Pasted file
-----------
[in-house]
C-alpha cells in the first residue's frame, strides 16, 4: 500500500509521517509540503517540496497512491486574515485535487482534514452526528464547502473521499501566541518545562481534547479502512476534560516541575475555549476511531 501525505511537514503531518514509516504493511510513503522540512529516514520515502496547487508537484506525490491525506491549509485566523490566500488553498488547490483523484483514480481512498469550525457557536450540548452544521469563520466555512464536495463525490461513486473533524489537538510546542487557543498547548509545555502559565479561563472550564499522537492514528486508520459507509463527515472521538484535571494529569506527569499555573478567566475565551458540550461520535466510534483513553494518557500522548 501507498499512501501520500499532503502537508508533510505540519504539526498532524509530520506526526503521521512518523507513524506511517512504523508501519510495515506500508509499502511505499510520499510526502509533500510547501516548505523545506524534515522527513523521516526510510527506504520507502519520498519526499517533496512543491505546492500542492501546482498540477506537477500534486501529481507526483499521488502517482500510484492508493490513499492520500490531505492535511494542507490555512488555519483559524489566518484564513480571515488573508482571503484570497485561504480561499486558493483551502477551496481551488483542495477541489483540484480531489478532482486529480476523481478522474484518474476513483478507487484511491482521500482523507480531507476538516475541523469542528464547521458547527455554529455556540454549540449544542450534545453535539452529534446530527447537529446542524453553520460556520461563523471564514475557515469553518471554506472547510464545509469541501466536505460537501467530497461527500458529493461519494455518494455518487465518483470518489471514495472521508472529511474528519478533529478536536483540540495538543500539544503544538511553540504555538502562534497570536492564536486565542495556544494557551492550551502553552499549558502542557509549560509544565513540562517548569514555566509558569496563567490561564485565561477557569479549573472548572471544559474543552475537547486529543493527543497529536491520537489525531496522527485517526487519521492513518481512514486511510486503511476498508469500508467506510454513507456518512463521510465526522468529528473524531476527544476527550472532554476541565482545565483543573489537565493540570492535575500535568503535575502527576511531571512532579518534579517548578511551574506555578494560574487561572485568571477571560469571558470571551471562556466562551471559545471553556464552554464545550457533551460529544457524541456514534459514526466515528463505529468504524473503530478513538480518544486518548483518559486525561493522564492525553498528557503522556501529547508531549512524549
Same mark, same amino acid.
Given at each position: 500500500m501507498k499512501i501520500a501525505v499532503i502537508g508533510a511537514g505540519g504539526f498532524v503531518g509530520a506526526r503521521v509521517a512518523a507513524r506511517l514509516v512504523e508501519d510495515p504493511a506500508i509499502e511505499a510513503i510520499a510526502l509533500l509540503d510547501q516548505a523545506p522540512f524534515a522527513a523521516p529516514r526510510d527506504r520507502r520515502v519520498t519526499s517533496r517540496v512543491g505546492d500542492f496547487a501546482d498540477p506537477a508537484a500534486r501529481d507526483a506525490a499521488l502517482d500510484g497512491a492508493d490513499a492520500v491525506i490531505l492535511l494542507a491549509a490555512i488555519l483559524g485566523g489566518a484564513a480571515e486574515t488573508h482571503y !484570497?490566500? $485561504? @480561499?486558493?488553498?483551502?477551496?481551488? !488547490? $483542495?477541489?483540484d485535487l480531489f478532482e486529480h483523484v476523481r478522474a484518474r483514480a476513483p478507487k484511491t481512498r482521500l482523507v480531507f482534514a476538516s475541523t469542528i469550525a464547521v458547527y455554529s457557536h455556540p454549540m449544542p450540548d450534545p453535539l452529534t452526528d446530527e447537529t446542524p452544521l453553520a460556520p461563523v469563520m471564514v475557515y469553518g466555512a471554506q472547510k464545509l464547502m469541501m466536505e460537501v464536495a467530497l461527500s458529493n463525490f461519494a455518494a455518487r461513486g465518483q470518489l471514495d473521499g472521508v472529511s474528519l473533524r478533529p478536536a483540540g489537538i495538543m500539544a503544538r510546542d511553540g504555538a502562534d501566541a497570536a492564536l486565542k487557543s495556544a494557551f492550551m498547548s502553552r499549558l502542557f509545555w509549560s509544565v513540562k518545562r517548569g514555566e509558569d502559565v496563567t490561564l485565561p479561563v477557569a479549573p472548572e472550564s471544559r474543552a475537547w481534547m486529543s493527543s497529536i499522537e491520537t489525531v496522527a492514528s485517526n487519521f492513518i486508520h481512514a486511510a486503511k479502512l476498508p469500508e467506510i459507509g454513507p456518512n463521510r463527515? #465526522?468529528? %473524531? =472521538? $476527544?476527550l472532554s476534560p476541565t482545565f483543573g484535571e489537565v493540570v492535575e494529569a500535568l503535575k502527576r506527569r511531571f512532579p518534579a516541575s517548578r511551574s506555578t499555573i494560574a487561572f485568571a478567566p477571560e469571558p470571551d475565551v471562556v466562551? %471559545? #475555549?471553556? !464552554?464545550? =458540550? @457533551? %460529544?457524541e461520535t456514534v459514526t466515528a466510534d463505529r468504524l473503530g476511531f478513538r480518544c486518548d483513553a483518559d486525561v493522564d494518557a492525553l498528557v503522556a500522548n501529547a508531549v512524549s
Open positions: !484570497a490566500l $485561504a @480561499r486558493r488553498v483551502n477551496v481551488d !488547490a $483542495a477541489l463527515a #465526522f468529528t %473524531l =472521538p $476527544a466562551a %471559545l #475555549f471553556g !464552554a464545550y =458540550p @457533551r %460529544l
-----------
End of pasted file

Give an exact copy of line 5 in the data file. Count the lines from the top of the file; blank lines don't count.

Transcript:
Open positions: !484570497a490566500l $485561504a @480561499r486558493r488553498v483551502n477551496v481551488d !488547490a $483542495a477541489l463527515a #465526522f468529528t %473524531l =472521538p $476527544a466562551a %471559545l #475555549f471553556g !464552554a464545550y =458540550p @457533551r %460529544l